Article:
Whisky Magazine Issue 122
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The growth of flavoured whiskies from Canada
He may be a mad scientist, but you won't find Kruger Wine & Spirits master blender Michel Marcil surrounded by bubbling beakers or tinkering with a death ray in a secret lab. He is not that kind of mad scientist. In fact, the only reason Superman might break down Marcil's walls would be if the Man of Steel were parched. That's because Marcil keeps himself busy creating superbly crafted flavoured whiskies. Some purists liken flavour scientists to Dr. Frankenstein creating monsters in their labs. If that's the case, then why have bartenders and mixologists descended on Marcil's creations wielding cocktail shakers instead of pitchforks? It's because his flavoured whiskies offer fresh flavour profiles by drawing on existing whisky subtleties, making them ideal for mixing innovative drinks and enhancing classic whisky cocktails.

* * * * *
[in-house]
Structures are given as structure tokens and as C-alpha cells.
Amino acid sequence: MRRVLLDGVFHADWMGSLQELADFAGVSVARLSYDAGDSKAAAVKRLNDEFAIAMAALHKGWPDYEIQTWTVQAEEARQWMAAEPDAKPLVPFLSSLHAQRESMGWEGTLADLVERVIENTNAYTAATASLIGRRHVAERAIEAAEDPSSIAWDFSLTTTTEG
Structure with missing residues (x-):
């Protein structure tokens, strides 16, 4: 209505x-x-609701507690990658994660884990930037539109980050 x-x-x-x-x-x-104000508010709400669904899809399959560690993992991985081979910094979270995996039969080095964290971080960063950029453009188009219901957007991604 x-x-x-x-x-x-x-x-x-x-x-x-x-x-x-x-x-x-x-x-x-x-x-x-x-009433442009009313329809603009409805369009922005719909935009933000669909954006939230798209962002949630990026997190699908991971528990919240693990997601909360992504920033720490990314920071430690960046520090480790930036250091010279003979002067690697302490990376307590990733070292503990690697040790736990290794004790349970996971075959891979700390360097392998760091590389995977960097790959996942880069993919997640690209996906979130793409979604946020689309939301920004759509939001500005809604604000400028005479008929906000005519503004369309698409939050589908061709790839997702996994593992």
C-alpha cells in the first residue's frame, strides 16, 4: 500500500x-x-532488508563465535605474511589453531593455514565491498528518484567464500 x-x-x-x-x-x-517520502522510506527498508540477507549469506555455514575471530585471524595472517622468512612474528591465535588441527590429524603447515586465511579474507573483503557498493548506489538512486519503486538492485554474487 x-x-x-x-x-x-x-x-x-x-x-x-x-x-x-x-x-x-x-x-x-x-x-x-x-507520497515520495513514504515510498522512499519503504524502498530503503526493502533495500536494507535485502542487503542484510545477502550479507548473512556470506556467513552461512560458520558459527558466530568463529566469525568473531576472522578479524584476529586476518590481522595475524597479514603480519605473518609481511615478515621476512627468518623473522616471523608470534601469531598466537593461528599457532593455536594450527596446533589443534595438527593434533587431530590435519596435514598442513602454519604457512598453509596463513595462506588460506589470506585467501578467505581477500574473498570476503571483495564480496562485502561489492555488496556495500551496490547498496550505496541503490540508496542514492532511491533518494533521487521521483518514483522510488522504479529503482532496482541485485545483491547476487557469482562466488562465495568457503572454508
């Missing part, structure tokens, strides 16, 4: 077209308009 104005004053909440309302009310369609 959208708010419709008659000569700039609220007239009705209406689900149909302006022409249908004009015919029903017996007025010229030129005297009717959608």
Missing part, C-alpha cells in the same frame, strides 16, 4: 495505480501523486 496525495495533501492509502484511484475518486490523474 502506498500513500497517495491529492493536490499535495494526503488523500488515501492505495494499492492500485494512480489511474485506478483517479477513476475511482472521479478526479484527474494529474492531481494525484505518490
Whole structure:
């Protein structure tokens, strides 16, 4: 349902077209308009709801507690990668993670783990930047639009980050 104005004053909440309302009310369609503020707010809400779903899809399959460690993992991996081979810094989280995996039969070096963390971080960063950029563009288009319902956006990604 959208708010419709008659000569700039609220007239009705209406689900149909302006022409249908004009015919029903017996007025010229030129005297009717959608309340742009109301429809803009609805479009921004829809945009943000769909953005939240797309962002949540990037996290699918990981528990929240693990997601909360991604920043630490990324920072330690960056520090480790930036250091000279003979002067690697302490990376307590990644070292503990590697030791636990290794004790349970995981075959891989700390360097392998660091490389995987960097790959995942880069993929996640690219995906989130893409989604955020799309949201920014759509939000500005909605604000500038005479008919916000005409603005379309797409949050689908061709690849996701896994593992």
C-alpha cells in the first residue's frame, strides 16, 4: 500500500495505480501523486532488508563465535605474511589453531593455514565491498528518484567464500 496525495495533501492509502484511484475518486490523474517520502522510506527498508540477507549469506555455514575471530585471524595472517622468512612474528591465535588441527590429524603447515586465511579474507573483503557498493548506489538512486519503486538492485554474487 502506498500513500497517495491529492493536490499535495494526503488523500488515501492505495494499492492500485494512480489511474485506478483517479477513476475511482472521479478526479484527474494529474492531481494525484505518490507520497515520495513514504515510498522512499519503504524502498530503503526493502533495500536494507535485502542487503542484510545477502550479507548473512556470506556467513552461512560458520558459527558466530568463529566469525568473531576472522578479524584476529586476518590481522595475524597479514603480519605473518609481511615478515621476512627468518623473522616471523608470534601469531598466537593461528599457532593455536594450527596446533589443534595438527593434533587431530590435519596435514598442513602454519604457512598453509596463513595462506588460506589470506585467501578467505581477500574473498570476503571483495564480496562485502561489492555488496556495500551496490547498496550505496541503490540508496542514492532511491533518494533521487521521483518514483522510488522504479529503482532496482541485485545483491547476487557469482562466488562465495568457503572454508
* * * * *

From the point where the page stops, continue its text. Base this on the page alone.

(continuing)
Gangster, Al Capone never made it to the theatre to see the movie Frankenstein. When the movie was released during America's Prohibition, Capone was in the fire pleading guilty to tax evasion charges. That plea put an end to his beverage importing business too. Contrary to popular opinion, Canadian distillers were struggling to survive as America, their biggest customer ever since the Civil War (1861-1865), went dry. Facing extinction, Canadian distillers were more than happy as friendly neighbours to supply hooch to any speakeasy and entrepreneur looking to fill Capone's shoes. That willingness to supply a ready market continues to this day.
So, it ...